4 Ways To Wake Up With Perfect Hair

Photographed by Lauren Perlstein.
We’re not going to beat around the bush: We’re in an intimate relationship with our beds. We'll do anything to eke out just a few more minutes in our favorite comfy place — which usually means shaving some serious time off our morning hair routines. That being said, we’re pretty into our locks looking good, too. Can’t we have both?

The answer is yes. Here, Mia Santiago, hair guru of Sally Hershberger Uptown Salon, introduces us to the mystical ways of twisting your mane into a sleep­-proof style that will guarantee you catch a few more ZZZs, yet still wake up with gorgeous strands — no matter your hair type. With her sorcery, you’ll be putting the beauty in beauty sleep. Warn your snooze button: It’s about to get a serious workout.
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Photographed by Lauren Perlstein.
Straight Hair
Santiago pretty much reiterated what everyone with straight hair already knows: It’s very difficult for second­-day strands to stay, well, straight. So, she suggests working in some beach-babe texture with a bunch of boho braids.

This style sets best when it’s done in hair that’s 80-to-­90% dry, so Santiago advises to first mist it with a touch of water. Next, divide it into four sections, instead of the typical two you’re used to. “Four sections will ensure the back of your hair is as waved as the front,” explains Santiago. Split your hair ear-to-ear and then front-to-back. Braid each section, pin the plaits up, and slumber away.
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Photographed by Lauren Perlstein.
If you want even more defined waves, Santiago suggests running a flat iron over each braid before you let them out in the morning. Once the hair cools, remove the elastics. “If you need to amp it up, feel free to run a curling iron over a couple of pieces, but this isn’t necessary,” she says. Spritz down with a texture spray, like Kérastase Spray à Porter, and fuzz up random pieces with your fingers. And, just like that, you’ve got cool­-girl texture that will last all day.
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Photographed by Lauren Perlstein.
Natural Hair
“The biggest headache for women with natural hair is the frizz that comes from cotton pillowcases,” says Santiago. But, if you don’t want to plop down cash on a silk pillowcase (or, if you’re traveling and didn’t BYOP), grab a silk scarf instead. You can find them on the cheap at most vintage stores.

First, work a hydration cream into your hair. Santiago loves Sally Hershberger Hyper Hydration. Then, secure the hair on top of your head — also known as pineappling. “Instead of a scrunchie, try using a series of bungee elastics,” she says. Then, secure your scarf around all of your hair.
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Photographed by Lauren Perlstein.
In the morning, remove the scarf and the bungee elastics, and break apart any clumped-together curls with your fingers. For extra shine and hydration, Santiago suggests spritzing on a dry-oil spray, like Herbal Essences'.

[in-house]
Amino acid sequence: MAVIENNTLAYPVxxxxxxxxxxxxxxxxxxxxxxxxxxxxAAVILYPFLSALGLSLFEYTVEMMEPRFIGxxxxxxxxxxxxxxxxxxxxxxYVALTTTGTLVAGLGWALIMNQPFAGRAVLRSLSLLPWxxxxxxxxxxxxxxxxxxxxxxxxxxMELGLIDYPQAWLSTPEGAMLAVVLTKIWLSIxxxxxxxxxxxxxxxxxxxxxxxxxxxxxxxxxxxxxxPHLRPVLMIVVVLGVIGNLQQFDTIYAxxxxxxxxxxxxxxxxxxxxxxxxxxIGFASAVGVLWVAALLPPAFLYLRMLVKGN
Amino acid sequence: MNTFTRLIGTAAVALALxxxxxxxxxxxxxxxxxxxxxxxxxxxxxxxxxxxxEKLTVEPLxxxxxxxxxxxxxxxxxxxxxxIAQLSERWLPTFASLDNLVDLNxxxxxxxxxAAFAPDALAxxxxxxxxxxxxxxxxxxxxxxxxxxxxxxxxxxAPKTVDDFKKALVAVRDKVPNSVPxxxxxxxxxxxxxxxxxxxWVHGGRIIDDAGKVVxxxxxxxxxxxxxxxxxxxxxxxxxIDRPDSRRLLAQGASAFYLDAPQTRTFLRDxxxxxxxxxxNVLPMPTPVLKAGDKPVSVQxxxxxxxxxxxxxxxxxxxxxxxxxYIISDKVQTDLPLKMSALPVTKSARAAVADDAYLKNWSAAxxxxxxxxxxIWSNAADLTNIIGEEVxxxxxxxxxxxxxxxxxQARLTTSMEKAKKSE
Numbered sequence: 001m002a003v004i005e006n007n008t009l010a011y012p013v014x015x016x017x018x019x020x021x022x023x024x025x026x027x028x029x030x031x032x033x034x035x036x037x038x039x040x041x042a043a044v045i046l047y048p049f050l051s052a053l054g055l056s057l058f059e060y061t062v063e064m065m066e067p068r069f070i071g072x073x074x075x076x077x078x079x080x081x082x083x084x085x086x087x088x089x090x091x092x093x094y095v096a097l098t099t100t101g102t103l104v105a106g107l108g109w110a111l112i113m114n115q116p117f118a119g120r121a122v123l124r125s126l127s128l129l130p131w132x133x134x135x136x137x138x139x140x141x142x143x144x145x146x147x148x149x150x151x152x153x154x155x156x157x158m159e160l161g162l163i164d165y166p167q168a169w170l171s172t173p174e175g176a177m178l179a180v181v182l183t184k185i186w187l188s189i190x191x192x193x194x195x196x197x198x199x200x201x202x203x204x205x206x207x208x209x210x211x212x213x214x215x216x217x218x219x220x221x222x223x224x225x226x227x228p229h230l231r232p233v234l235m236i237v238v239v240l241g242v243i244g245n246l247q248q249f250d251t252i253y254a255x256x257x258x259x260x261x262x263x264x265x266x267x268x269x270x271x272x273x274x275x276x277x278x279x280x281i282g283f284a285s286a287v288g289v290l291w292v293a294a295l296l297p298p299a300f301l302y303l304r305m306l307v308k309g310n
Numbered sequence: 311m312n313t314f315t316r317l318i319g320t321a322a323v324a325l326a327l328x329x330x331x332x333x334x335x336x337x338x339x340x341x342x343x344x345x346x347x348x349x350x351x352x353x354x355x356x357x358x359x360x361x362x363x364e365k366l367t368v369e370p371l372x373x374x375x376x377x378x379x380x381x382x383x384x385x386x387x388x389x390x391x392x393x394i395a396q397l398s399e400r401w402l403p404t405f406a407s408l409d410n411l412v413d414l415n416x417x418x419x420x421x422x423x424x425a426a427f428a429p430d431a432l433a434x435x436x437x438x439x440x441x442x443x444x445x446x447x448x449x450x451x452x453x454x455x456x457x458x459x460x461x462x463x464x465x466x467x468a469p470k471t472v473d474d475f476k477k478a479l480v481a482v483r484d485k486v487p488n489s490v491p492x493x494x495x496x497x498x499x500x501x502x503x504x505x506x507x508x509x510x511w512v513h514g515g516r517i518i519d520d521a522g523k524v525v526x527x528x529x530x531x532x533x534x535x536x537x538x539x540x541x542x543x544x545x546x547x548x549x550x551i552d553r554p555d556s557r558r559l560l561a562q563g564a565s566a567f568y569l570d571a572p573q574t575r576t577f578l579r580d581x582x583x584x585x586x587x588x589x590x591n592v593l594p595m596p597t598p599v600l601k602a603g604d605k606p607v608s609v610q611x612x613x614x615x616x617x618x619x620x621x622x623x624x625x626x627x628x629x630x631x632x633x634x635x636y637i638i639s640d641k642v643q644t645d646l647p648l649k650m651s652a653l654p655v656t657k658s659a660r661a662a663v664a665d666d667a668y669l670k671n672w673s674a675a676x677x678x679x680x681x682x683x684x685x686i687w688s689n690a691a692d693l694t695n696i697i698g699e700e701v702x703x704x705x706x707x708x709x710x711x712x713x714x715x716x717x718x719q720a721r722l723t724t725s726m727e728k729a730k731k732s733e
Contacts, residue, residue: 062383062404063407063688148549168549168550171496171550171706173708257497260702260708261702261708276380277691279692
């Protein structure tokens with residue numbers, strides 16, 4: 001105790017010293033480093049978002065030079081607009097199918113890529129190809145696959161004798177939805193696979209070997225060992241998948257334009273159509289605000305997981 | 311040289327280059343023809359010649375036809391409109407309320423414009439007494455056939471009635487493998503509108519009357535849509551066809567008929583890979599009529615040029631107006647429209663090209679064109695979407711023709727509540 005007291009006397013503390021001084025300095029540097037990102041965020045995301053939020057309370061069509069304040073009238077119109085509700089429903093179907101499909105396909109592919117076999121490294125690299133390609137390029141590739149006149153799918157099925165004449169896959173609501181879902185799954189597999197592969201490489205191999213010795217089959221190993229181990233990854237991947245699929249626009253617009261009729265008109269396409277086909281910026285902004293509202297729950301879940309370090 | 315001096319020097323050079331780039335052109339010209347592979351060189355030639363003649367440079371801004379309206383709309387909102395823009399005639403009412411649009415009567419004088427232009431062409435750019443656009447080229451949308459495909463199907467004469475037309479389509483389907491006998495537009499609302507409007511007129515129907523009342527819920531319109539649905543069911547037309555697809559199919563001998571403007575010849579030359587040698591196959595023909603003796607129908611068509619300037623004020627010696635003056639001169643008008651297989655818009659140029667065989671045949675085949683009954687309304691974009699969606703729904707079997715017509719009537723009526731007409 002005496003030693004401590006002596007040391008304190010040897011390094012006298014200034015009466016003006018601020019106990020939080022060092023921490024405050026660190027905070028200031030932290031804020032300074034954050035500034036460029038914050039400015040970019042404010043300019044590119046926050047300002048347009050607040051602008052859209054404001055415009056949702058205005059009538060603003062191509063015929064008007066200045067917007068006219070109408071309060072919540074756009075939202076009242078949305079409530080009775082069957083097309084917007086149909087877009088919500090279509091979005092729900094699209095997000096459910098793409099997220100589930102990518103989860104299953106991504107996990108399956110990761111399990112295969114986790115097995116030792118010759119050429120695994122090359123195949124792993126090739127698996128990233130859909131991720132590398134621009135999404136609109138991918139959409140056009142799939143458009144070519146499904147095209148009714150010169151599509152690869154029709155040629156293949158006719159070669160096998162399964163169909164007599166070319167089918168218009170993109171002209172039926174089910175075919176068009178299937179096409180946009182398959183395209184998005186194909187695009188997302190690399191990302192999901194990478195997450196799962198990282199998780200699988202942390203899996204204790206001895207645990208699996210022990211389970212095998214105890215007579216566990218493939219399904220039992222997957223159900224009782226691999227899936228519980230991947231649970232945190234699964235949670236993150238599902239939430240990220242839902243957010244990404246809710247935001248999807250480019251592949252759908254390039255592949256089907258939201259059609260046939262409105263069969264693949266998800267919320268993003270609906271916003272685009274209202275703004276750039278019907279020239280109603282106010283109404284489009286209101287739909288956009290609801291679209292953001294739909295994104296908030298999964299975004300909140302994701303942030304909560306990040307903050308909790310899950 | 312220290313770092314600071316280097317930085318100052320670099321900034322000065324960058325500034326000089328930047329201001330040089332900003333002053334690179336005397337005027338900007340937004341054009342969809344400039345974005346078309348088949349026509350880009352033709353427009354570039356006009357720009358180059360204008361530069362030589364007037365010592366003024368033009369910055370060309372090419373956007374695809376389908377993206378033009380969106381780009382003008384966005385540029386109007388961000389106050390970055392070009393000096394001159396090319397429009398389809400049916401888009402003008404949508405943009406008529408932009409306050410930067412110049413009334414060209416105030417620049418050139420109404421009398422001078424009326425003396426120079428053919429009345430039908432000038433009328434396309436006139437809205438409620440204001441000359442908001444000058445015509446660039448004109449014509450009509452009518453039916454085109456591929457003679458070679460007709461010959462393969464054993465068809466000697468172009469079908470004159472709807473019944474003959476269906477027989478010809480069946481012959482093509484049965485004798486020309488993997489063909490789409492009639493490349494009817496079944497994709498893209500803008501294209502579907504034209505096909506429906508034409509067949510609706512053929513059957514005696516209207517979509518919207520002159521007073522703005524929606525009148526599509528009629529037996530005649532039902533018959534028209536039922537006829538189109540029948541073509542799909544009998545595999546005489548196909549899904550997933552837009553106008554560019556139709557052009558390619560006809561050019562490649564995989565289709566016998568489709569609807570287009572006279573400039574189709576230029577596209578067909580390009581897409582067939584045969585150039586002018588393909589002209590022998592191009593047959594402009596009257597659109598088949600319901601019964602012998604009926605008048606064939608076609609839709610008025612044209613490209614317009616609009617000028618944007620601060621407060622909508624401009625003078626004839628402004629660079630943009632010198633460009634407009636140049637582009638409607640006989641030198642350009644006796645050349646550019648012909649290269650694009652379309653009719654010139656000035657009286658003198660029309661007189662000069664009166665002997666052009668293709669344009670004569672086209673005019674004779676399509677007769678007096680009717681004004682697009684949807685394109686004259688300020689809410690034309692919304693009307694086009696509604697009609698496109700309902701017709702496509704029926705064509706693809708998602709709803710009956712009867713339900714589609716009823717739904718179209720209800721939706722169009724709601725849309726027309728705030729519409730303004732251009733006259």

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Photographed by Lauren Perlstein.
Long Hair
Once your alarm goes off, any and all volume will promptly exit your scalp (#LongHairProblems). Limp locks ain’t cute, but they are surprisingly easy to avoid. And, you probably already have the product you need hanging out in your bathroom. “You want to spritz in some dry shampoo before you go to bed,” Santiago says. The reason for this is twofold: Firstly, all the tossing and turning will help work the stuff into your scalp. Secondly, the dry shampoo will help retain that precious volume.

After you spritz, Santiago says to pull up your hair into a high ponytail, but make sure it isn’t too tight. Then, split the ponytail into two sections, and twist them together in an upward motion, securing the end with an elastic. Finally, wrap the hair around itself and secure with pins.
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Photographed by Lauren Perlstein.
The morning after, simply let the big bun down and shake out your hair. Feel free to mist with some hairspray, but that isn’t even necessary. The high pony will have infused hella volume into your strands.
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Photographed by Lauren Perlstein.
Curly Hair
Curly gals can attest to the fact that the coils on the backs of their heads tend to get squashed during nightly snoozes. So, it’s important to work with a style that not only keeps the front intact, but also ensures the back of your head stays looking fly.

Santiago started by sectioning off the bottom of the hair, at about ear level. “Spritz in an anti­-frizz spray so that the hair gets a little damp,” she advises. Then, twist the top section backwards into about six different sub-sections. To keep them tight, Santiago says to secure them with a French pin going in the opposite direction of the hair. Then, twist the bottom section into three different sub-sections and secure them with pins as well.
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Photographed by Lauren Perlstein.
Come morning, remove all of the twists and shake out your hair. “Redefine some of the curls with your fingers, or with a curling iron if you want to,” Santiago suggests. Finish off with a hydrating spray.
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Photographed by Lauren Perlstein.
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